|Fulford Place (1899-1901)|
But only for one 'teeny tiny' little fact.
The place is breathtaking. Sure. And it's on King Street East, a neighbourhood of superb old houses in one of my favourite house history towns, Brockville. When the house was built in 1899/01 the property extended down to the river, where the owner berthed a luxury yacht. The family entertained the rich and famous.
But it's those 'pink pills for pale people'! This limestone pile was the summer residence of self-made millionaire and later Canadian Senator, George Taylor Fulford, a farm boy who made good.
Fulford worked for a chemist, purchased the rights to a tonic made by a local doctor, and made his fortunes in patent medicine's heyday by mass advertising to a gullible public. Not much is made of this less than glam start-up, but a great deal of his lifestyle of the rich and famous. May I be frank? I get a little bit stuck on Fulford's Pink Pills; their iron sulphate/starch/sugar recipe bilked the poor, ignorant and ill, through what would today be termed phony advertising claims.
That being said, the Fulford Place grounds are absolutely stunning. They were created by the prestigious Frederick Olmstead Brothers who designed roadways, posh neighbourhoods and parks - think Central - in the US and Canada. They were restored to their garden-party elegance by Ontario Heritage Trust in the early 2000s. Here's a link to the story (and an image which I regret, I didn't have time to record.)
The grounds originally extended to the St. Lawrence down the hill. In recent years, the property was subdivided and Rockcliffe Road and West Fulford Place popped up in their place,
exclusive stone gateposted subdivision streets (my history friend Dot says the gatehouse still exists) where not even Streetview dares to tread.
The architect was Albert W. Fuller.
The OHT account online is well worth browsing; this is just a precis. It describes the rough-faced stone walls and fine dressed window surrounds, a variety of windows, six with stained glass, slate roof, balustrades and dormers. I see colonnades. Expansive verandahs with wood balusters, slender columns and sweeping staircases. It takes a while to take it all in.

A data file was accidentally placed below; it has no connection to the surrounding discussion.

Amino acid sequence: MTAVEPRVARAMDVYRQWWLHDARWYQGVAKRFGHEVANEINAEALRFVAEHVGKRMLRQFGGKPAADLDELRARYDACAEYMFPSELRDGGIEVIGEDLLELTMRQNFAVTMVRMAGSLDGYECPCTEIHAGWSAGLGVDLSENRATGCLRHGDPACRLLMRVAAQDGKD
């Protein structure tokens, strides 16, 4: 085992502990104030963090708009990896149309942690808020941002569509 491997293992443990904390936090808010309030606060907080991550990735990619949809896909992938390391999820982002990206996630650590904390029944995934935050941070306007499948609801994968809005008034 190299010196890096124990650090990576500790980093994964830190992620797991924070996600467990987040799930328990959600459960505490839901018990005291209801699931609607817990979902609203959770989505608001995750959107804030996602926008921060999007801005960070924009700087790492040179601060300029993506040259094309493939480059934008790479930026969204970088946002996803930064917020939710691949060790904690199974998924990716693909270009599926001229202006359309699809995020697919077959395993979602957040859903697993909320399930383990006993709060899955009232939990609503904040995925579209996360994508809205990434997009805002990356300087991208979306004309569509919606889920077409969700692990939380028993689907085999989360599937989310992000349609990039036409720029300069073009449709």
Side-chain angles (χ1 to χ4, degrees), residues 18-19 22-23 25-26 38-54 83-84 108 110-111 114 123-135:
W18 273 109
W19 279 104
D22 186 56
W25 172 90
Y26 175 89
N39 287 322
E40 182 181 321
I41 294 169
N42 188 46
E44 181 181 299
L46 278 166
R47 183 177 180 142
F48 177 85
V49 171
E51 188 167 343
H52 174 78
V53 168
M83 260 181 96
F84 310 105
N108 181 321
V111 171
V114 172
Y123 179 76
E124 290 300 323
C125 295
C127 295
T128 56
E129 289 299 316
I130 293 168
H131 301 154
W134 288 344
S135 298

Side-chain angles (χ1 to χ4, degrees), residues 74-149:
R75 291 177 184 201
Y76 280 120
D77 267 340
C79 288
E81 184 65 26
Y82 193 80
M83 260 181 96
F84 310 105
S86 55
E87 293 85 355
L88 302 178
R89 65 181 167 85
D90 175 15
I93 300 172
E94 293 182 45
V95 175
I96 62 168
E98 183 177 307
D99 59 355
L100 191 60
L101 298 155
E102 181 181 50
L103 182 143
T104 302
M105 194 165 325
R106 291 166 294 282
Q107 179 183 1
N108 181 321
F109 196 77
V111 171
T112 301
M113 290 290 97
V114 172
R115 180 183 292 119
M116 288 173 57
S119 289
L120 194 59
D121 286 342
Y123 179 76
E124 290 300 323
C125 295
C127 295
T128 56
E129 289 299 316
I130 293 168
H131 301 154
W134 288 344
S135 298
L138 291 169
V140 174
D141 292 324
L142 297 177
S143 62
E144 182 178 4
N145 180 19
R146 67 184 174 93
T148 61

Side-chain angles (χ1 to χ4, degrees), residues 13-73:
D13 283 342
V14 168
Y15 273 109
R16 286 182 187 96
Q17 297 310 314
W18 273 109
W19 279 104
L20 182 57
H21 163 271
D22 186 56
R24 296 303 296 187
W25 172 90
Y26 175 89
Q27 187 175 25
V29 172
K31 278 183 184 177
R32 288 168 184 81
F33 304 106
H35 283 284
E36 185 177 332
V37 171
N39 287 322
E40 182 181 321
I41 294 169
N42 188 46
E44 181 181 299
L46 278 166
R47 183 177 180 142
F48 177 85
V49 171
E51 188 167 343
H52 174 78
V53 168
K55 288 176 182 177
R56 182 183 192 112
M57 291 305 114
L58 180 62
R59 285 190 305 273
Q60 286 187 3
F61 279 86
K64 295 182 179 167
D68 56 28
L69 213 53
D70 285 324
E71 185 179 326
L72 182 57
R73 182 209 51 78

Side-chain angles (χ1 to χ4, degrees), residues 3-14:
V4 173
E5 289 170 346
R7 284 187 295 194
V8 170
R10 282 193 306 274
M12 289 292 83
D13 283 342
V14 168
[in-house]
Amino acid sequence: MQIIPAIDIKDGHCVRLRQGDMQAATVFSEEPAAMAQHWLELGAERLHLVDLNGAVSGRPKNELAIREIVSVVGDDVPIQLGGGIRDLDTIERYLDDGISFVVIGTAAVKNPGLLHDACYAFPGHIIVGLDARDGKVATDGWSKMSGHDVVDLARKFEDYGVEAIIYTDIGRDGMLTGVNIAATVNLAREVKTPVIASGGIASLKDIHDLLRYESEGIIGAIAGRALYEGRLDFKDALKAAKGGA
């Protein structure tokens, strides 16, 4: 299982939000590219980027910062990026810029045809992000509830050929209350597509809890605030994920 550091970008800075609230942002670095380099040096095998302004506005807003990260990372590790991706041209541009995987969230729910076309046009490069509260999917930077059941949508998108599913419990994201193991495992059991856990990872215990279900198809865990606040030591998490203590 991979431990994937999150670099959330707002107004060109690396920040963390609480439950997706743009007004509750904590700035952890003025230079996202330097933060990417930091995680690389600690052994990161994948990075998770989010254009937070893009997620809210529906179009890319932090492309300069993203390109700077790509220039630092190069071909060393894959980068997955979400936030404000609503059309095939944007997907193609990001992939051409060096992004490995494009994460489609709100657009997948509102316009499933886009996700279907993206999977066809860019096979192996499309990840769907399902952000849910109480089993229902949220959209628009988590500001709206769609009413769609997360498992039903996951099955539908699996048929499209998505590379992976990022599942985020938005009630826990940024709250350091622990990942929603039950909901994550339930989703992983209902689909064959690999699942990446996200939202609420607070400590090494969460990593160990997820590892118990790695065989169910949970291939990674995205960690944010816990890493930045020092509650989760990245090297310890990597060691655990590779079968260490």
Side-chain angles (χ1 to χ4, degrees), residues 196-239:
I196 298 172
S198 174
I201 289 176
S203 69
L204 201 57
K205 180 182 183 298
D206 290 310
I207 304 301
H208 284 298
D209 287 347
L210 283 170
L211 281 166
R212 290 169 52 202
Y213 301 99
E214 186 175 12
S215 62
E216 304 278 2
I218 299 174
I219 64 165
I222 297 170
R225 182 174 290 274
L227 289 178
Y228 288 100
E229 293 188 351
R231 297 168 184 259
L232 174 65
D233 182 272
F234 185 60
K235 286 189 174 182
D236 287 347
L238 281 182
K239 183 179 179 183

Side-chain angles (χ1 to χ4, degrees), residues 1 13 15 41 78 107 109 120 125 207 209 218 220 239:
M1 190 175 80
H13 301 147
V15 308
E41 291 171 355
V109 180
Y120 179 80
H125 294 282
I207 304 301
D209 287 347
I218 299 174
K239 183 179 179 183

Even tactful OHT calls it "a showplace," Fulford's place to "display his social standing" and "ease his entry into the ranks of the Canadian political establishment and among the wealthy Americans who vacationed in the Thousand Islands."
The Ontario Heritage Trust describes the style as Edwardian, which in its poshest form offers slightly OTT classical detailing. "Great scale and grand gesture" is a phrase I like, discovered in an article by Sally Gibson about Toronto's 1903 'Edwardian Baroque' King Edward Hotel. The Fulford's St. Lawrence River estate was just the perfect setting for a life of entertaining the wealthy, powerful and royal.
We plebs can experience the life, however, swanning about the 20,000 square feet even today, as the stately home features "most of the original furniture, fixtures, dinnerware, linens and objets d'art" (Historic Sites and Monuments Board plaque.) Fulford Place was opened as a museum in 1993 following George Fulford II's 1887 donation of the house to the National Heritage Trust, and the later gifting of the home's contents by his widow and heir.
|plaque and statuary and Italianate formality|
Here's a great article about the refloating of Fulford's steam yacht Cangarda. Incidentally, if you're interested in Brockville and island life (no, those islands) you'll want to check in with the publication Thousand Islands Life. The online magazine is put together by Kim Lunman of Thousand Islands Ink. Her photos of the 1000 islands are almost as good as a holiday!
Here's a style resource I found in my research. I'll leave it here so we don't lose track of it.
Here's a link to Heritage Gardens.